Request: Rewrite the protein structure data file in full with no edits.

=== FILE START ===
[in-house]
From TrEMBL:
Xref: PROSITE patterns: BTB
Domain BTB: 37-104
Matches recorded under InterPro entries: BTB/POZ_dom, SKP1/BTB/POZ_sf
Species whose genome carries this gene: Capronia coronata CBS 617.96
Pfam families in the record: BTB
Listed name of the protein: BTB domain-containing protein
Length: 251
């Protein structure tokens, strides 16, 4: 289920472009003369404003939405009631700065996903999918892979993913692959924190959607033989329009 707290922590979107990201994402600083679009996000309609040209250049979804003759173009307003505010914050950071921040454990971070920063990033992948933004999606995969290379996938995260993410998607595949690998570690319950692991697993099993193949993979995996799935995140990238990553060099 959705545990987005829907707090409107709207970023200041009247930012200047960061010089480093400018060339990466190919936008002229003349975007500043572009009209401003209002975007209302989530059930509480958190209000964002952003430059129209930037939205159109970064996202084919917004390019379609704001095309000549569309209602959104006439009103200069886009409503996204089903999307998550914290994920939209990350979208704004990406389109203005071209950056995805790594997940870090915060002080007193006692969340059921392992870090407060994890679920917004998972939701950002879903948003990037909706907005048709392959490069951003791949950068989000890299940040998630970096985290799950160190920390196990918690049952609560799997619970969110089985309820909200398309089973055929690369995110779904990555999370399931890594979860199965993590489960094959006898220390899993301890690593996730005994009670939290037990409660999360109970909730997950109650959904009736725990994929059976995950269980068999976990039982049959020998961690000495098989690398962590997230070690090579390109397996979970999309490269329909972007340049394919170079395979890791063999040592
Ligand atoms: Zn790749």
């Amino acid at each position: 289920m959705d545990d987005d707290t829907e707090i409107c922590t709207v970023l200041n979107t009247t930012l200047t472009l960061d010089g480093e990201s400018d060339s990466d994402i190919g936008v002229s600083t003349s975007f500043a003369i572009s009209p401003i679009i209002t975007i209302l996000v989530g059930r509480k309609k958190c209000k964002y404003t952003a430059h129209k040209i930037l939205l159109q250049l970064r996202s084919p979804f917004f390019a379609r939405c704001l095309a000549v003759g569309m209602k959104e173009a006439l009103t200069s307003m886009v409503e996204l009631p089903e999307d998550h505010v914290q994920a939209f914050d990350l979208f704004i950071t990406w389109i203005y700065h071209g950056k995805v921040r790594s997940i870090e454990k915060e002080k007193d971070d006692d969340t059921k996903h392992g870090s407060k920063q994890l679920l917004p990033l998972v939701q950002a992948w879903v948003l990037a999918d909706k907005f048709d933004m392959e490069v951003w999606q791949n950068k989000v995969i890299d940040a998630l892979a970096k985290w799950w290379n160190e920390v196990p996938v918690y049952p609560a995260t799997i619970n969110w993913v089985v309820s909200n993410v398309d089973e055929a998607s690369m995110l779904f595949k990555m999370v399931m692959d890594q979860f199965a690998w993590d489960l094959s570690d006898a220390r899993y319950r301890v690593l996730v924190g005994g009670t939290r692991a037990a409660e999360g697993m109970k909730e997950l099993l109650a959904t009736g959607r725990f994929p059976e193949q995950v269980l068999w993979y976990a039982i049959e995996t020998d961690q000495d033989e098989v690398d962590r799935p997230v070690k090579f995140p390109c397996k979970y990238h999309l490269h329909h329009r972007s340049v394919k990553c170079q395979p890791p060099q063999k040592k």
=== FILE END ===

[in-house]
From TrEMBL:
Xref: PROSITE patterns: BTB
Domain BTB: 37-104
Matches recorded under InterPro entries: BTB/POZ_dom, SKP1/BTB/POZ_sf
Species whose genome carries this gene: Capronia coronata CBS 617.96
Pfam families in the record: BTB
Listed name of the protein: BTB domain-containing protein
Length: 251
């Protein structure tokens, strides 16, 4: 289920472009003369404003939405009631700065996903999918892979993913692959924190959607033989329009 707290922590979107990201994402600083679009996000309609040209250049979804003759173009307003505010914050950071921040454990971070920063990033992948933004999606995969290379996938995260993410998607595949690998570690319950692991697993099993193949993979995996799935995140990238990553060099 959705545990987005829907707090409107709207970023200041009247930012200047960061010089480093400018060339990466190919936008002229003349975007500043572009009209401003209002975007209302989530059930509480958190209000964002952003430059129209930037939205159109970064996202084919917004390019379609704001095309000549569309209602959104006439009103200069886009409503996204089903999307998550914290994920939209990350979208704004990406389109203005071209950056995805790594997940870090915060002080007193006692969340059921392992870090407060994890679920917004998972939701950002879903948003990037909706907005048709392959490069951003791949950068989000890299940040998630970096985290799950160190920390196990918690049952609560799997619970969110089985309820909200398309089973055929690369995110779904990555999370399931890594979860199965993590489960094959006898220390899993301890690593996730005994009670939290037990409660999360109970909730997950109650959904009736725990994929059976995950269980068999976990039982049959020998961690000495098989690398962590997230070690090579390109397996979970999309490269329909972007340049394919170079395979890791063999040592
Ligand atoms: Zn790749």
């Amino acid at each position: 289920m959705d545990d987005d707290t829907e707090i409107c922590t709207v970023l200041n979107t009247t930012l200047t472009l960061d010089g480093e990201s400018d060339s990466d994402i190919g936008v002229s600083t003349s975007f500043a003369i572009s009209p401003i679009i209002t975007i209302l996000v989530g059930r509480k309609k958190c209000k964002y404003t952003a430059h129209k040209i930037l939205l159109q250049l970064r996202s084919p979804f917004f390019a379609r939405c704001l095309a000549v003759g569309m209602k959104e173009a006439l009103t200069s307003m886009v409503e996204l009631p089903e999307d998550h505010v914290q994920a939209f914050d990350l979208f704004i950071t990406w389109i203005y700065h071209g950056k995805v921040r790594s997940i870090e454990k915060e002080k007193d971070d006692d969340t059921k996903h392992g870090s407060k920063q994890l679920l917004p990033l998972v939701q950002a992948w879903v948003l990037a999918d909706k907005f048709d933004m392959e490069v951003w999606q791949n950068k989000v995969i890299d940040a998630l892979a970096k985290w799950w290379n160190e920390v196990p996938v918690y049952p609560a995260t799997i619970n969110w993913v089985v309820s909200n993410v398309d089973e055929a998607s690369m995110l779904f595949k990555m999370v399931m692959d890594q979860f199965a690998w993590d489960l094959s570690d006898a220390r899993y319950r301890v690593l996730v924190g005994g009670t939290r692991a037990a409660e999360g697993m109970k909730e997950l099993l109650a959904t009736g959607r725990f994929p059976e193949q995950v269980l068999w993979y976990a039982i049959e995996t020998d961690q000495d033989e098989v690398d962590r799935p997230v070690k090579f995140p390109c397996k979970y990238h999309l490269h329909h329009r972007s340049v394919k990553c170079q395979p890791p060099q063999k040592k």